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Gastroenterology. 2014 May;146(6):1477-88. doi: 10.1053/j.gastro.2014.01.060. Epub 2014 Feb 4.

Regulation of the immune system by the resident intestinal bacteria.

Author information

1
Division of Gastroenterology, Department of Internal Medicine, University of Michigan Medical School, Ann Arbor, Michigan. Electronic address: nkamada@med.umich.edu.
2
Department of Pathology and Comprehensive Cancer Center, University of Michigan Medical School, Ann Arbor, Michigan. Electronic address: gabriel.nunez@umich.edu.

Abstract

The microbiota is an important factor in the development of the immune response. The interaction between the gastrointestinal tract and resident microbiota is well balanced in healthy individuals, but its breakdown can lead to intestinal and extraintestinal disease. We review current knowledge about the mechanisms that regulate the interaction between the immune system and the microbiota, focusing on the role of resident intestinal bacteria in the development of immune responses. We also discuss mechanisms that prevent immune responses against resident bacteria, and how the indigenous bacteria stimulate the immune system to protect against commensal pathobionts and exogenous pathogens. Unraveling the complex interactions between resident intestinal bacteria and the immune system could improve our understanding of disease pathogenesis and lead to new therapeutic approaches.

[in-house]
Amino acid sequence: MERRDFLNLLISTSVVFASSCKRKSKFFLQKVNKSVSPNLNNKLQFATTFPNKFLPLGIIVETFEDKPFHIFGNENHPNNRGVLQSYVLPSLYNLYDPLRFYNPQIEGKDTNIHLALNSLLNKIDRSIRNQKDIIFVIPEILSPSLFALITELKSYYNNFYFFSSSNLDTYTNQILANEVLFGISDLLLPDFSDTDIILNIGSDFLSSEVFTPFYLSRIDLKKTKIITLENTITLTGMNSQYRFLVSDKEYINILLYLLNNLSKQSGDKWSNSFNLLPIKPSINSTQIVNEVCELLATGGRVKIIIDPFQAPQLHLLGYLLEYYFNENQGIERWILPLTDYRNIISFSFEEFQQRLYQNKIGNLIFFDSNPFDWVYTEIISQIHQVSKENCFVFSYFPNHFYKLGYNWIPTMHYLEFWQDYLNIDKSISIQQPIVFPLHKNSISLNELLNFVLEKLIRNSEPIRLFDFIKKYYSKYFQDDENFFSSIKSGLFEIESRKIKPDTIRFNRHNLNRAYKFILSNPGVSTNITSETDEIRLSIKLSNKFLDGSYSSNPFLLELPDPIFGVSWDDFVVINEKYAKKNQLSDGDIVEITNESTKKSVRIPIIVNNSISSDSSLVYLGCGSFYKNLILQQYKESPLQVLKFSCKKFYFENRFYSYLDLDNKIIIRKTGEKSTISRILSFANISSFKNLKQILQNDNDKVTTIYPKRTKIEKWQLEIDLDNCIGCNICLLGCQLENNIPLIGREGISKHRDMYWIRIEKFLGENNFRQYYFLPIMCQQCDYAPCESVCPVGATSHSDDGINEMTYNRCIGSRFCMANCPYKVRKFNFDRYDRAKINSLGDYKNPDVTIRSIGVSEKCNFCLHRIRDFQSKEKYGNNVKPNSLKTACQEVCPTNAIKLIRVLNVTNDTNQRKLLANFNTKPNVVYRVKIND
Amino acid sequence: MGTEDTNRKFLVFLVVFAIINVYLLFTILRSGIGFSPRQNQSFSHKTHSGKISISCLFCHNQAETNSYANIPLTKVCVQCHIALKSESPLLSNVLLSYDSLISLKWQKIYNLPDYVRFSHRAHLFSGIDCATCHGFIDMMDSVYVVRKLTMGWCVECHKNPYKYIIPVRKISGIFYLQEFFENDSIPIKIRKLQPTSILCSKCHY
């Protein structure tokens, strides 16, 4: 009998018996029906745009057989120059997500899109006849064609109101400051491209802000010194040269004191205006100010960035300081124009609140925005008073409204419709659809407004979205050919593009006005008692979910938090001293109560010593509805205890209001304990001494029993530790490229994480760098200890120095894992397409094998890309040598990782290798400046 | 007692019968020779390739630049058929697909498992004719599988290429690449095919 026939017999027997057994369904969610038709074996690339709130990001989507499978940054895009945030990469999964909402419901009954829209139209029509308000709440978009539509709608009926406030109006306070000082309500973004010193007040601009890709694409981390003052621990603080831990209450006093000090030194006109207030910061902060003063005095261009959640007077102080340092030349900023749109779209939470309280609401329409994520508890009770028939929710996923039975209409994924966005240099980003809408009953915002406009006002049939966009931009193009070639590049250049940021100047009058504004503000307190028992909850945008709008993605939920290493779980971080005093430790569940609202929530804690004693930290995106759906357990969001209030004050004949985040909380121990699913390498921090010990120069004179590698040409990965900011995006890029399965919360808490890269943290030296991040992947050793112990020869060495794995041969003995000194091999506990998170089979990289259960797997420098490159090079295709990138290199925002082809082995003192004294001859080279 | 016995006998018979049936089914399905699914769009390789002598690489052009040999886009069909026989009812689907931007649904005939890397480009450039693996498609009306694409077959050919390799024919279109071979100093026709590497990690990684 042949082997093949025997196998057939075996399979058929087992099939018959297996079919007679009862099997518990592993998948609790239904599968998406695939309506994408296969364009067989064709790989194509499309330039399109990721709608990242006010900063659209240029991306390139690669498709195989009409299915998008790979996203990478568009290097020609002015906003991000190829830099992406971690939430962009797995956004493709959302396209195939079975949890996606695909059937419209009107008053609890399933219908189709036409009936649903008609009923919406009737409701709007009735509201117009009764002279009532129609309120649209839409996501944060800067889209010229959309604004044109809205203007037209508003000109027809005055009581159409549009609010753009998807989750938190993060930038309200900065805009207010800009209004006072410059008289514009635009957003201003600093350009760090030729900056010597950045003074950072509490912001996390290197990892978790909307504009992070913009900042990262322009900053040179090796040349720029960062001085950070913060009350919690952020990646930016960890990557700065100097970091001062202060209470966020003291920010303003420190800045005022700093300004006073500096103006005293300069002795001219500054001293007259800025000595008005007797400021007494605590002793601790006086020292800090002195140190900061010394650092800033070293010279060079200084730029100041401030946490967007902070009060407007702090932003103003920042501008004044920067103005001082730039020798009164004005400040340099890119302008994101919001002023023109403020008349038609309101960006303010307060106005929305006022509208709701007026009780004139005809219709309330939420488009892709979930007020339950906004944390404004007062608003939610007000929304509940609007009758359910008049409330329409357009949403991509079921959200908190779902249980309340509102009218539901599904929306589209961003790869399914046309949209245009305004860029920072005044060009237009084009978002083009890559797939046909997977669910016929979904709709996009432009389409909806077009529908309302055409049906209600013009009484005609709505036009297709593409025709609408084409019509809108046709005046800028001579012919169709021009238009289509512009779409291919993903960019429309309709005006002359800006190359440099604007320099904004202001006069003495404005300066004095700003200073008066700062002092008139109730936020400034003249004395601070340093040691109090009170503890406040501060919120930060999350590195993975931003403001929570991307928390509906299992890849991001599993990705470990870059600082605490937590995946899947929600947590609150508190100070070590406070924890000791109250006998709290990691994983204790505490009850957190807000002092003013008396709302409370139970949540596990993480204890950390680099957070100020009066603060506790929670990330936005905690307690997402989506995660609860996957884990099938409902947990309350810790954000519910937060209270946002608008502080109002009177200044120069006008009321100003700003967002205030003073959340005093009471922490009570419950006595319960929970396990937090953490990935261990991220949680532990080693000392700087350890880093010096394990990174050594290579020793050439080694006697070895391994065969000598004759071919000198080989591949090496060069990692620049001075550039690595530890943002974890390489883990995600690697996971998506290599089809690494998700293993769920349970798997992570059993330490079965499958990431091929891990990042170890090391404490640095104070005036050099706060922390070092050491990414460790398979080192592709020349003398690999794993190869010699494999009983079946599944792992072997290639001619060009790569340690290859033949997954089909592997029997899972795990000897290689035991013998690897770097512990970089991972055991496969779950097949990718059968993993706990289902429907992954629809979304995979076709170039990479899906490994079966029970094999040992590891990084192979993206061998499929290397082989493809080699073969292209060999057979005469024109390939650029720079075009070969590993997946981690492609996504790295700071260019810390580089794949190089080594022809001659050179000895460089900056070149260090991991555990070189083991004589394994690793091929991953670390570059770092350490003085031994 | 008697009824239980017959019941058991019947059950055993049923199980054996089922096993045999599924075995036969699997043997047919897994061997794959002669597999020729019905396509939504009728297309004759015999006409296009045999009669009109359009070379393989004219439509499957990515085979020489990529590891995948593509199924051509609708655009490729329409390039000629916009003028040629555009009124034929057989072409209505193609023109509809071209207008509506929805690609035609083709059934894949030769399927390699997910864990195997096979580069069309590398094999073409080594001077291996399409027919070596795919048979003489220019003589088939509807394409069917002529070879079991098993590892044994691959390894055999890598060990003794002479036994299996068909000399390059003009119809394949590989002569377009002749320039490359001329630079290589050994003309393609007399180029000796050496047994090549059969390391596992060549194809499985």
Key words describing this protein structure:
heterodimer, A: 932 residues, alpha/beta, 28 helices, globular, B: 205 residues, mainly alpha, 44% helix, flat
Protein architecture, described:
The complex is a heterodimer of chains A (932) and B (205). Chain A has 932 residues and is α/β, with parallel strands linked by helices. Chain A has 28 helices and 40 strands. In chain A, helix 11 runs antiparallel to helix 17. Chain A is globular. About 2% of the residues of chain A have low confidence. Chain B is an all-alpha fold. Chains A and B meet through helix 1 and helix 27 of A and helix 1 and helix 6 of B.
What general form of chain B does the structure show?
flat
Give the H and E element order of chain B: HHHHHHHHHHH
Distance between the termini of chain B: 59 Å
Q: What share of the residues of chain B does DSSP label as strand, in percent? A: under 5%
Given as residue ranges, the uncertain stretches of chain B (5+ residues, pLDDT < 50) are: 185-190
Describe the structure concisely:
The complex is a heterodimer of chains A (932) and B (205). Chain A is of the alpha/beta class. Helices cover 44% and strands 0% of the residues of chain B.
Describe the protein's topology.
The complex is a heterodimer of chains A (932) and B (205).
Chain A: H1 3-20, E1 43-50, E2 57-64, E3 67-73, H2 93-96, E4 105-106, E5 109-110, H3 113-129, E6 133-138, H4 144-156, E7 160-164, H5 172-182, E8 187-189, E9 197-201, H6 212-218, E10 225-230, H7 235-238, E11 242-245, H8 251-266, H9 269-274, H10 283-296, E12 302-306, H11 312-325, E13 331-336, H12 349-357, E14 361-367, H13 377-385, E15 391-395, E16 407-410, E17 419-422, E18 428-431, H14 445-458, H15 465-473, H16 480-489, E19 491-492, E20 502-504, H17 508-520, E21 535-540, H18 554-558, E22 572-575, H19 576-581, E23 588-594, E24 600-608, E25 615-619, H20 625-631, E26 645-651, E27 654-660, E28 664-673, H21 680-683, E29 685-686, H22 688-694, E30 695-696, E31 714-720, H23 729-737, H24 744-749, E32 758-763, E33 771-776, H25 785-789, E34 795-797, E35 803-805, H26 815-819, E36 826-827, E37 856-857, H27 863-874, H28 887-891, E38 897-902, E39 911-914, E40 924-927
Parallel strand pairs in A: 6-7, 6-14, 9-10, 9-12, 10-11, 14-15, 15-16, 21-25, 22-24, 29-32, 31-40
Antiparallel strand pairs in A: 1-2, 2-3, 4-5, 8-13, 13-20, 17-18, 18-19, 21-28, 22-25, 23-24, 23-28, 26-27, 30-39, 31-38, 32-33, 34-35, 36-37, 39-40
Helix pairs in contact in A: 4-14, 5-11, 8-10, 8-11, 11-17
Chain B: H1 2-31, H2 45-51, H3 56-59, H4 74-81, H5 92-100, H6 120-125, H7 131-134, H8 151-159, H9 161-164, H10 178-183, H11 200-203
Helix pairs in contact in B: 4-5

KEYWORDS:

IgA; Innate Lymphoid Cells; Microbiota; Regulatory T Cell; Th17

PMID:
24503128
PMCID:
PMC3995843
DOI:
10.1053/j.gastro.2014.01.060
[Indexed for MEDLINE]
Free PMC Article

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